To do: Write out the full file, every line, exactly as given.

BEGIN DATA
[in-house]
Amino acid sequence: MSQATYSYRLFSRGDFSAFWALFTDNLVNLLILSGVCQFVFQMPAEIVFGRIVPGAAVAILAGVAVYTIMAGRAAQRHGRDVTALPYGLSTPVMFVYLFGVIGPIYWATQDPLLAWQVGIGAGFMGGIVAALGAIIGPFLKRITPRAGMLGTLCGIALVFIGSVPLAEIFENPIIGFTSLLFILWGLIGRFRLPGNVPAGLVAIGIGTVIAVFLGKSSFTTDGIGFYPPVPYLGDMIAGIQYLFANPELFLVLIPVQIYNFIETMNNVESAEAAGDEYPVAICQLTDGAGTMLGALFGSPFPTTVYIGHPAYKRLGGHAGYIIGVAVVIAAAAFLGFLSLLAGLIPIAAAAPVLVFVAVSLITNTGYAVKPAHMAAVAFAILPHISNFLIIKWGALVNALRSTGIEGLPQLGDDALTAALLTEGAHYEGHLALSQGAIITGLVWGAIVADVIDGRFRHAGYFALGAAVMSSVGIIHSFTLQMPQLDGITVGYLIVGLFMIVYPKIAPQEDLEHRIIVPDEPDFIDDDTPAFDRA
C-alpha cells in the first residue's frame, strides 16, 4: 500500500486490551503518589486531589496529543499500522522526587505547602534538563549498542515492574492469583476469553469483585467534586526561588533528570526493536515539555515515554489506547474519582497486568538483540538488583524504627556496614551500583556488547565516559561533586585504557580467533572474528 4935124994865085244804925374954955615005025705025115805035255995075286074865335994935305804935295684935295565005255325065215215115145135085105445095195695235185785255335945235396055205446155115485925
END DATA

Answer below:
[in-house]
Amino acid sequence: MSQATYSYRLFSRGDFSAFWALFTDNLVNLLILSGVCQFVFQMPAEIVFGRIVPGAAVAILAGVAVYTIMAGRAAQRHGRDVTALPYGLSTPVMFVYLFGVIGPIYWATQDPLLAWQVGIGAGFMGGIVAALGAIIGPFLKRITPRAGMLGTLCGIALVFIGSVPLAEIFENPIIGFTSLLFILWGLIGRFRLPGNVPAGLVAIGIGTVIAVFLGKSSFTTDGIGFYPPVPYLGDMIAGIQYLFANPELFLVLIPVQIYNFIETMNNVESAEAAGDEYPVAICQLTDGAGTMLGALFGSPFPTTVYIGHPAYKRLGGHAGYIIGVAVVIAAAAFLGFLSLLAGLIPIAAAAPVLVFVAVSLITNTGYAVKPAHMAAVAFAILPHISNFLIIKWGALVNALRSTGIEGLPQLGDDALTAALLTEGAHYEGHLALSQGAIITGLVWGAIVADVIDGRFRHAGYFALGAAVMSSVGIIHSFTLQMPQLDGITVGYLIVGLFMIVYPKIAPQEDLEHRIIVPDEPDFIDDDTPAFDRA
C-alpha cells in the first residue's frame, strides 16, 4: 500500500486490551503518589486531589496529543499500522522526587505547602534538563549498542515492574492469583476469553469483585467534586526561588533528570526493536515539555515515554489506547474519582497486568538483540538488583524504627556496614551500583556488547565516559561533586585504557580467533572474528 4935124994865085244804925374954955615005025705025115805035255995075286074865335994935305804935295684935295565005255325065215215115145135085105445095195695235185785255335945235396055205446155115485925